We had the good fortune of connecting with Ben Quinn and we’ve shared our conversation below.
Hi Ben, what role has risk played in your life or career?
Taking risks is the only way to make something different happen as a result, and in many was is inherent to the making process. I think about risk in my studio practice almost every day because I have certain ideas where there’s no way to know without trying if they’re going to work or make sense. A lot of them don’t, but I have a better perspective on how to problem solve and insight on what not to do which is also valuable. Putting time and effort into failed experiments can be mentally and financially taxing but I wouldn’t be here today if I didn’t go all or nothing on a lot of situations. I’ve been recycling my time and income for the past decade pushing forward and constantly investing in the means to make new paintings and music, unsure of an audience or any promise of return. I like to challenge myself to always follow inspiration in whatever form it takes and just recently it’s starting to pay off a bit.
Can you open up a bit about your work and career? We’re big fans and we’d love for our community to learn more about your work.
My work allows me the freedom to experiment and keep coming up with new formulas for making and looking at painting. Generally speaking I use watercolor and photographic imagery together on canvas, some of which are very large format. I think if anything sets me apart, it’s a 3-Dimensional laugh at being rainbow-body hopeful with a unique lens of humor. The idea that thinly veiled variations of reality and time is sort of what I’ve been looking at in my work. Currently I’m most excited about working with Acne Studios for the 2021 spring/summer women’s collection. It will be fun to see in stores when Covid magically disappears next year because we’ve all been on our best behavior. I got to where I am professionally by spending all my time, money, and emotional reserves making art and believing in it even if I didn’t know where it was going. One thing I know for sure is it mostly comes from lots of support and conversation with good friends and artists alike that can articulate around the highly specific problems that arise in trying to make objects and also pay rent to live. Lessons I’ve learned along the way is that you truly never know what lies ahead. I never expected this year to go the way it has for my career, but if there’s a takeaway from my story it would be that it’s ok to be yourself. If you think no one understands you or your work, you just haven’t met the people that do.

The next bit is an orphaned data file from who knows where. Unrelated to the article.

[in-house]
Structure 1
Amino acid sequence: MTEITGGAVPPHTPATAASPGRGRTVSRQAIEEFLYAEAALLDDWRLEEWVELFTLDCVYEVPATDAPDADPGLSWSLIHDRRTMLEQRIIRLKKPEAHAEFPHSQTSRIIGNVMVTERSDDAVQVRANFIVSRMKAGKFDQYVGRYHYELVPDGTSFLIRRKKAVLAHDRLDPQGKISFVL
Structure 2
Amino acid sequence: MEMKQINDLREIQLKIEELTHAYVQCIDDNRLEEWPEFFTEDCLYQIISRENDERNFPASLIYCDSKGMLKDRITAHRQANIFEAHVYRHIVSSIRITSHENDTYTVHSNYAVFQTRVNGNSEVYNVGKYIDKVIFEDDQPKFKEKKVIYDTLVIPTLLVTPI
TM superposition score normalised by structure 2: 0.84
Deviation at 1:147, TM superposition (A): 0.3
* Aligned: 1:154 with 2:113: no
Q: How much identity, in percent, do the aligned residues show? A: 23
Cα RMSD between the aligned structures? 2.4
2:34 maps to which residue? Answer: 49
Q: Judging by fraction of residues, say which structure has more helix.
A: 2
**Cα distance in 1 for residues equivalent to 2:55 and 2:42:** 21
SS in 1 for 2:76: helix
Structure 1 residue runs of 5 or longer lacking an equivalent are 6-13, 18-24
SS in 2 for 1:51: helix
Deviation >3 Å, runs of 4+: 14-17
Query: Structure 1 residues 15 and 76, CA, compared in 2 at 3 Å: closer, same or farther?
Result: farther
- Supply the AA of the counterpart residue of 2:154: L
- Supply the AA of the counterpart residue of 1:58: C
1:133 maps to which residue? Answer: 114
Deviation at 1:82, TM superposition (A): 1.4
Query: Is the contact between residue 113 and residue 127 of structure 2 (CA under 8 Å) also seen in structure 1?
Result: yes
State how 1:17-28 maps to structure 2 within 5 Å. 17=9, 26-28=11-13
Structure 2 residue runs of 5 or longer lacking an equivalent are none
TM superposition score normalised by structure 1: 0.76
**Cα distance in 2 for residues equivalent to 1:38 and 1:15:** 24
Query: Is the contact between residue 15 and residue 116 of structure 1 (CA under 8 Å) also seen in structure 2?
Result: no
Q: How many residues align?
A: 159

Any places to eat or things to do that you can share with our readers? If they have a friend visiting town, what are some spots they could take them to?
Hmm I’m mostly on the Eastside, so for a week definitely Beelman’s in DTLA, Elf Cafe and El Prado in Echo Park, My Dung Sandwich Shop in Chinatown, and Casita Del Campo in Silverlake… Probably see some art around the city and do some park beers. It’s nice to find new places with people from out of town too.
Who else deserves some credit and recognition?
Shoutout to Samantha Rosenwald and Groovy, Martin Weiland, Elijah Funk, James McDevvitt-Stredney with No Place Gallery, Utah Snyder, and the team at Acne Studios for their extra support in this wacky year.